PURPOSE. To test the hypothesis that in an experimental model of retinopathy of prematurity (ROP) rat pups that are at risk for but do not have retinal neovascularization (NV) exhibit a normal oxygenation response to a hyperoxic inhalation challenge. METHODS. Newborn Sprague-Dawley rats were raised under two varied oxygen conditions (50/10 or 40/15, indicating percent of oxygen in the air on alternate days) for 14 days and then allowed to recover in room air. Functional magnetic resonance imaging was used to determine the retinal oxygenation response (increase in partial oxygen pressure in the vitreous over the room air value, of ΔPO2, in mm Hg) to hyperoxic inhalation challenge. Adenosine diphosphatase (ADPase)-stained retinas were analyzed to determine the NV incidence and severity. RESULTS. On postnatal day (P)20, the 40/15 procedure produced significantly (P < 0.05) lower incidence of NV than the 50/10 protocol (8% vs. 99%, respectively). Retinal ΔPO2 during carbogen breathing of the 40/15 animals that did not have evidence of NV was not different (P > 0.05) from that of normal age-matched animals; later time points were not examined. At P26 and P34, in 50/10 rats that no longer had NV, retinal ΔPO2S during carbogen breathing were significantly (P < 0.05) lower than that of age-matched control pups. At P34 in control rats, but not in 50/10 rats, ΔPO2 was 61% greater (P < 0.05) during carbogen breathing than during oxygen breathing. CONCLUSIONS. The results from 40/15 experiments, together with the authors' previous data in 50/10 rats, which documented subnormal retinal ΔPO2 before and during NV, provides additional support that subnormal retinal oxygenation to an inhalation challenge is an important event associated with the development of NV. In addition, 50/10 rats that no longer demonstrated NV had a persistent subnormal retinal ΔPO2, suggesting a continuing risk of development of additional retinal complications after resolution of the NV in ROP.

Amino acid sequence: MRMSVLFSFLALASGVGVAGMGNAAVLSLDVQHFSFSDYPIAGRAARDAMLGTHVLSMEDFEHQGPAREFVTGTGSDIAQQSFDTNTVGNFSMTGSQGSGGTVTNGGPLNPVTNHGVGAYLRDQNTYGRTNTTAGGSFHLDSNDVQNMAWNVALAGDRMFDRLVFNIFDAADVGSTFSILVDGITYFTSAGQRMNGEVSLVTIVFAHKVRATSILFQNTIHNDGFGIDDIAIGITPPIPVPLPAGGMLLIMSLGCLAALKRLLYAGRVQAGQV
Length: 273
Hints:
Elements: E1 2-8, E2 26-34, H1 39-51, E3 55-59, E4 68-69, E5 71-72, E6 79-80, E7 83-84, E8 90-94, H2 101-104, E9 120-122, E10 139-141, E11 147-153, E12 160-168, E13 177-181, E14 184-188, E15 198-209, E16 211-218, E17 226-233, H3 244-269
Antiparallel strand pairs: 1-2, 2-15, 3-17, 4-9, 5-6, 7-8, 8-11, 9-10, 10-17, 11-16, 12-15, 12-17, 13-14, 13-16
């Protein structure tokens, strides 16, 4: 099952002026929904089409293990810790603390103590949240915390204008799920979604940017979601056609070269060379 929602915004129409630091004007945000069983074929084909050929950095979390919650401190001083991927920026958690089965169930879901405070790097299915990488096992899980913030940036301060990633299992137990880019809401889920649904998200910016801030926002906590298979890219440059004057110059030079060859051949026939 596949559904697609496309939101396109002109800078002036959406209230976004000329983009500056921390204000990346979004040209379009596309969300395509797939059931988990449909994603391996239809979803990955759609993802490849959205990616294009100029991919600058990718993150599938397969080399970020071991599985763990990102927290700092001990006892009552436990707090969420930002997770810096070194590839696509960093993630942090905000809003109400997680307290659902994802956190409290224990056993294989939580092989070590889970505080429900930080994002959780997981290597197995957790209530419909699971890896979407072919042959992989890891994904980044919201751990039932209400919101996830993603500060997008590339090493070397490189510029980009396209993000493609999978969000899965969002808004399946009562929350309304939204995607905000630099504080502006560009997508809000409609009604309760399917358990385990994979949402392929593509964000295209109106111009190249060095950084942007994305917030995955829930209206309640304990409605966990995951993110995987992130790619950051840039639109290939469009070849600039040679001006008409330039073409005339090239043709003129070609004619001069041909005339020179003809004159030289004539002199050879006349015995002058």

All Science Journal Classification (ASJC) codes
- Sensory Systems
- Cellular and Molecular Neuroscience